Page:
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Agile new years' resolutions


In the spirit of talking about new years' resolutions that worked, I thought I would mention my general strategy for making change that I have found very helpful. In much the same way that the Pomodoro method is like miniature Scrum for time management, I find that Scrum can also be used effectively for personal change.

First stop: the epic user story

Consider a typical new year's resolution, like "get in shape." If you were looking at it like a Scrum story, you would immediately see that it lacks both the "as a" and the "so that" clauses, which help to give the context and purpose information we need in order to prioritize our stories. So, that change would make it something like:

If we were grooming that story, we would see next that it's way too broad. What does "get in shape" mean exactly? Time to break up that story into measurable parts. So, let's say for you "get in shape" means to be thinner, and to not be out of breath after doing things that you used to be able to do without trouble. That's two new stories right there:

Tasking the stories

With sufficiently specific and measurable stories, you should be able to task them now. Starting with the first story, describe the tasks you need to complete for the story to be done, and list them:

...or something like that. (You get the idea.) For something like quitting smoking, the tasks might be to find a cessation program, to go to see your doctor about it, to go mountain biking, to change your commute route to go around the gas station you usually buy your cigarettes from, and so on.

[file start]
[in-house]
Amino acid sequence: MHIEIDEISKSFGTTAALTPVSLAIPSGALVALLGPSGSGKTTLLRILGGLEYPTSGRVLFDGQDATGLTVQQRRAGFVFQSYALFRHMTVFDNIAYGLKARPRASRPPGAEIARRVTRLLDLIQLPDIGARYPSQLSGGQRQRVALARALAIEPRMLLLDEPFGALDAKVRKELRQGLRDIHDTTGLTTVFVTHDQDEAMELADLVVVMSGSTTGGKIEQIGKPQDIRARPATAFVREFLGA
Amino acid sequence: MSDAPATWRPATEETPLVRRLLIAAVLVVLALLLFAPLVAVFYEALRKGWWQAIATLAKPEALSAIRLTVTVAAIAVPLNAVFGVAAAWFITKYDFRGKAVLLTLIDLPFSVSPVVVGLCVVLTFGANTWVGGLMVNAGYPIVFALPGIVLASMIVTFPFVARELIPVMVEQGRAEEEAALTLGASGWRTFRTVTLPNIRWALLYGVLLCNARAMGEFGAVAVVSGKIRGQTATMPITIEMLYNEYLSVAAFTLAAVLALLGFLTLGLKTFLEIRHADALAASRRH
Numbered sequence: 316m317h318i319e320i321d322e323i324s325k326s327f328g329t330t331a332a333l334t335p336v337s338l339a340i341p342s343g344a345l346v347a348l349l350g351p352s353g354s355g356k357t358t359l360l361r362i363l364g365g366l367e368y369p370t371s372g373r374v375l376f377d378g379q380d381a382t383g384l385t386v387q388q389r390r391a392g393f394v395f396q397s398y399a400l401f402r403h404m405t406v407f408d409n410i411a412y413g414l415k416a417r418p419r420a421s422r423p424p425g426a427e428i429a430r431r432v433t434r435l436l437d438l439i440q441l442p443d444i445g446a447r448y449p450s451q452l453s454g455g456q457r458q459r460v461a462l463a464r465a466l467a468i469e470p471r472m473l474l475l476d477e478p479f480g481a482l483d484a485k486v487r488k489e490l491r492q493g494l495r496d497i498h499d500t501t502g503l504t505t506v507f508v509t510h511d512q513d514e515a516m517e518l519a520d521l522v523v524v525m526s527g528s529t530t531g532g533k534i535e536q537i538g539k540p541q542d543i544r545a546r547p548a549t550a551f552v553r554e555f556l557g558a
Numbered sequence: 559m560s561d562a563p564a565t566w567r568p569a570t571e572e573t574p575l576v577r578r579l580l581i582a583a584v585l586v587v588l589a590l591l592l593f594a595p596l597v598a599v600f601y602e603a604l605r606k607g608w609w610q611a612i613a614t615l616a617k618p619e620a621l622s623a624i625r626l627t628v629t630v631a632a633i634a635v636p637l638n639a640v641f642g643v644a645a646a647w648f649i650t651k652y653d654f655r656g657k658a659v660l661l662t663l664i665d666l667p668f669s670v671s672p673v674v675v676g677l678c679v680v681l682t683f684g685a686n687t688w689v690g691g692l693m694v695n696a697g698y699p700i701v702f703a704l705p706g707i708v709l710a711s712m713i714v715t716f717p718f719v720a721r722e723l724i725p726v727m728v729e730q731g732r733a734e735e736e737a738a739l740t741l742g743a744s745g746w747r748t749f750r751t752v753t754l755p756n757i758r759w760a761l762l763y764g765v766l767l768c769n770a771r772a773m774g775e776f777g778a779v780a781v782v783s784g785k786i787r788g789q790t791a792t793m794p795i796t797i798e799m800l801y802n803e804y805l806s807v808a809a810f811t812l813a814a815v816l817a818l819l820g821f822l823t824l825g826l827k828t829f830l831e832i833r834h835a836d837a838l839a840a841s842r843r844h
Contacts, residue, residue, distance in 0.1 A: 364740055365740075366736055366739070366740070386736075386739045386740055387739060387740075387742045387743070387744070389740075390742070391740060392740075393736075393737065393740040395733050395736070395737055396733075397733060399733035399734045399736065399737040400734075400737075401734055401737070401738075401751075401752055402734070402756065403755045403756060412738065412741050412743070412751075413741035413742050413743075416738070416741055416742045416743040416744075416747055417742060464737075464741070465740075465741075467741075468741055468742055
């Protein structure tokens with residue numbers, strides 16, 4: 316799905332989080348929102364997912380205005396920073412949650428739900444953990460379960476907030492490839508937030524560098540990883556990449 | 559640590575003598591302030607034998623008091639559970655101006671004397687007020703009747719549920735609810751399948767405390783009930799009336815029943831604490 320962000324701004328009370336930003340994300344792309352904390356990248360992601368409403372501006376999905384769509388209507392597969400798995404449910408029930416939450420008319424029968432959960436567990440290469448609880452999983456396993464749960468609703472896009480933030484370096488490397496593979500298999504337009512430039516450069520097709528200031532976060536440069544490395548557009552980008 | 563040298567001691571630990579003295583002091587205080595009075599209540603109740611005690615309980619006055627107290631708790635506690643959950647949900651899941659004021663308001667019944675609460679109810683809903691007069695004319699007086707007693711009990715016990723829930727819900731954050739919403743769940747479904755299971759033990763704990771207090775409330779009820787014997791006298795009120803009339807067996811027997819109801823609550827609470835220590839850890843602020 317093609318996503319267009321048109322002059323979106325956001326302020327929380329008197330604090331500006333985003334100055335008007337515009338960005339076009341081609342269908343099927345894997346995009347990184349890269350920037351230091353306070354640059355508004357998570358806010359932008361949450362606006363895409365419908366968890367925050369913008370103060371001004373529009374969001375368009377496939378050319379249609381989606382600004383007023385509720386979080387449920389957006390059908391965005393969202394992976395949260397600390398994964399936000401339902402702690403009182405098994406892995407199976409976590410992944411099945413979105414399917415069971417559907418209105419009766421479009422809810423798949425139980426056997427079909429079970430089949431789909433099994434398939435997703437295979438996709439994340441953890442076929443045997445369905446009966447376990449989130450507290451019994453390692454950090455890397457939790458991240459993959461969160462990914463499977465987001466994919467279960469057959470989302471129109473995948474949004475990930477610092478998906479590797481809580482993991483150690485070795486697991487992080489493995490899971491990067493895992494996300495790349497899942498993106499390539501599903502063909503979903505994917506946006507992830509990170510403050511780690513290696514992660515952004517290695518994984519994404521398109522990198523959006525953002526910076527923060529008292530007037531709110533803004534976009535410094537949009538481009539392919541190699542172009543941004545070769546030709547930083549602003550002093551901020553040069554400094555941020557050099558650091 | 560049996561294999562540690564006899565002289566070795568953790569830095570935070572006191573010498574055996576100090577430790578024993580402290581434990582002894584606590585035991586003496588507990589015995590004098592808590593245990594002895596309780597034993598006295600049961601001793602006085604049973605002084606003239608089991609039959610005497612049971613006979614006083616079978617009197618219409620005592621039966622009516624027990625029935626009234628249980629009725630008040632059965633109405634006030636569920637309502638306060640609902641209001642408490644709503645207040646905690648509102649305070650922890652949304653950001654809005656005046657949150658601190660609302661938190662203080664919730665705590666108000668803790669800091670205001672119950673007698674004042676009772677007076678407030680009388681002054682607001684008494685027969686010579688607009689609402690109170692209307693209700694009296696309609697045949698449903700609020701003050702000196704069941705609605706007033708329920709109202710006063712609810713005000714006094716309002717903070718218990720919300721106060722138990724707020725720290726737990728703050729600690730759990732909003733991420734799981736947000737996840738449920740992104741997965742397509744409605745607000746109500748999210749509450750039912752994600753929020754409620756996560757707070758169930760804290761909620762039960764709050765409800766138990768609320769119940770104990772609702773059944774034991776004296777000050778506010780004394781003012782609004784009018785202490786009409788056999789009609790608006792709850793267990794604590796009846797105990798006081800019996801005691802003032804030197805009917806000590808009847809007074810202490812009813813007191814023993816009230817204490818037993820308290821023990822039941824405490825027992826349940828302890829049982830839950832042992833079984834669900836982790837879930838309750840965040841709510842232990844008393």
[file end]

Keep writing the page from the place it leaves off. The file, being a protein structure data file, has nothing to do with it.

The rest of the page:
Start your daily scrum

The easiest way to do this, if you already do one for work, is to do a personal daily scrum just before or just after the one for work. It will serve as a good reminder, and you've already been ripped out of the zone so it won't bother you much. Just note what you did yesterday for your stories, what you will do today for your stories, and any impediments that are preventing you from moving ahead. If you skip the standup, or if you haven't done anything for two days, or if you have any impediment that you've made no progress on, that's a huge cause for concern and you should devote specific time to recommitting, clearing your impediments, and so forth.

Conduct a sprint review

For many new years' resolutions, a two or three week sprint is not enough time to actually finish a story. Maybe your goal would be to make significant progress, or duplicate the progress made in a previous sprint. Regardless, at a specified and regular interval (either two or three weeks), review your progress, including taking measurements against your story goals. Review your approaches to the stories and decide whether they need tweaking, and whether your tasks are sufficient or need changing. Take that day to look back on your progress; congratulate yourself on success and take a hard look at failure to see what you could do differently. Finally, recommit to the stories and to your approach for another sprint. Rinse and repeat!